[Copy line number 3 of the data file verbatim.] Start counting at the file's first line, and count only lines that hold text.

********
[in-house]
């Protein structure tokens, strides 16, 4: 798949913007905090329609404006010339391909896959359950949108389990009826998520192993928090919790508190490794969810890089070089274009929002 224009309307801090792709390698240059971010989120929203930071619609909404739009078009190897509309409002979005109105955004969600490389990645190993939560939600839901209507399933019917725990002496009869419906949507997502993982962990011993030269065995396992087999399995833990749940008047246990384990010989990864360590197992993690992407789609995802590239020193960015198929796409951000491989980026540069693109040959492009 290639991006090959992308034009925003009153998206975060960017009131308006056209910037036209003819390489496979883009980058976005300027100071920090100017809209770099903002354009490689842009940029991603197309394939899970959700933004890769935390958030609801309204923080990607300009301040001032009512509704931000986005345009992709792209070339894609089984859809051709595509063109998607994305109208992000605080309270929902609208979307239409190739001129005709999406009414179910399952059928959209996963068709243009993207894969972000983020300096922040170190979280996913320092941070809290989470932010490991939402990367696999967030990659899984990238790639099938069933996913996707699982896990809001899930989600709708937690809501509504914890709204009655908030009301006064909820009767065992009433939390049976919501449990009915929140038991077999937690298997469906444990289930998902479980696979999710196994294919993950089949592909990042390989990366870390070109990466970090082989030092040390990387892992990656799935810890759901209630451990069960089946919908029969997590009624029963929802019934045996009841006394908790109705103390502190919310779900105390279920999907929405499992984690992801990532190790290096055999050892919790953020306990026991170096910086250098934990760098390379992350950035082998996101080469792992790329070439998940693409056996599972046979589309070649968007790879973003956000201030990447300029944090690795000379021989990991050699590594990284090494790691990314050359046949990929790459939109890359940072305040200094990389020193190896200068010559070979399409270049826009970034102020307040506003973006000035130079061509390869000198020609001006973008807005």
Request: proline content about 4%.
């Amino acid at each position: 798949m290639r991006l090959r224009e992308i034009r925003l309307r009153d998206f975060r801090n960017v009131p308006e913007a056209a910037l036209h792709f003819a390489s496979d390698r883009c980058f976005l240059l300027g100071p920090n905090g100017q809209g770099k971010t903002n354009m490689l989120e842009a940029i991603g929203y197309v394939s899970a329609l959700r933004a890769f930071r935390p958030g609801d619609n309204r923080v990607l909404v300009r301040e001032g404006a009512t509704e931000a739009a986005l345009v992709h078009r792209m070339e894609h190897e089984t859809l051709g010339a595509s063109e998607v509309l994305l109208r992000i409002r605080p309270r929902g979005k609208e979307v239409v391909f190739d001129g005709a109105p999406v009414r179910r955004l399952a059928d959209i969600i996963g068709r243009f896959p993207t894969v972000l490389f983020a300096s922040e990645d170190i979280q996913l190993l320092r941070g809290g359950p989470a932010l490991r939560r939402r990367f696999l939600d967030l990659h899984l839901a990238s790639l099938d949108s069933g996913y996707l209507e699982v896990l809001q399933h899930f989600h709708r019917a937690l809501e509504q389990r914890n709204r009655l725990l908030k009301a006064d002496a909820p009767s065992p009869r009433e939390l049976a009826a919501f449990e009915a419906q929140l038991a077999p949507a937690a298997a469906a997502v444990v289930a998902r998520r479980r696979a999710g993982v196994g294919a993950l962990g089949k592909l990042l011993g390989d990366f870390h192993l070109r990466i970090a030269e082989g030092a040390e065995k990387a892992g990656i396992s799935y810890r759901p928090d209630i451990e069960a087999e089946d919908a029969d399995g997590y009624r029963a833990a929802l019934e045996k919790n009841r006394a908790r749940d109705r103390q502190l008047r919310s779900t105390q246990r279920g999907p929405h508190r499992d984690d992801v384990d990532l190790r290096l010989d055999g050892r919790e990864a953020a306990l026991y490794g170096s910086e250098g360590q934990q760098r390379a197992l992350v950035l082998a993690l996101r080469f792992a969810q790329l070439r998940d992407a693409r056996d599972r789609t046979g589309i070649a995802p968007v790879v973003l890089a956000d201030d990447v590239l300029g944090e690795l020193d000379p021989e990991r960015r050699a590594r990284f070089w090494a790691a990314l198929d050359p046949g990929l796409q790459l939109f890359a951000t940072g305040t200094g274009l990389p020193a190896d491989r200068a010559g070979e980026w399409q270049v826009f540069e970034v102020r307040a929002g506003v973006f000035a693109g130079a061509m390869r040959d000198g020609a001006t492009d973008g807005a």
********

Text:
Request: proline content about 4%.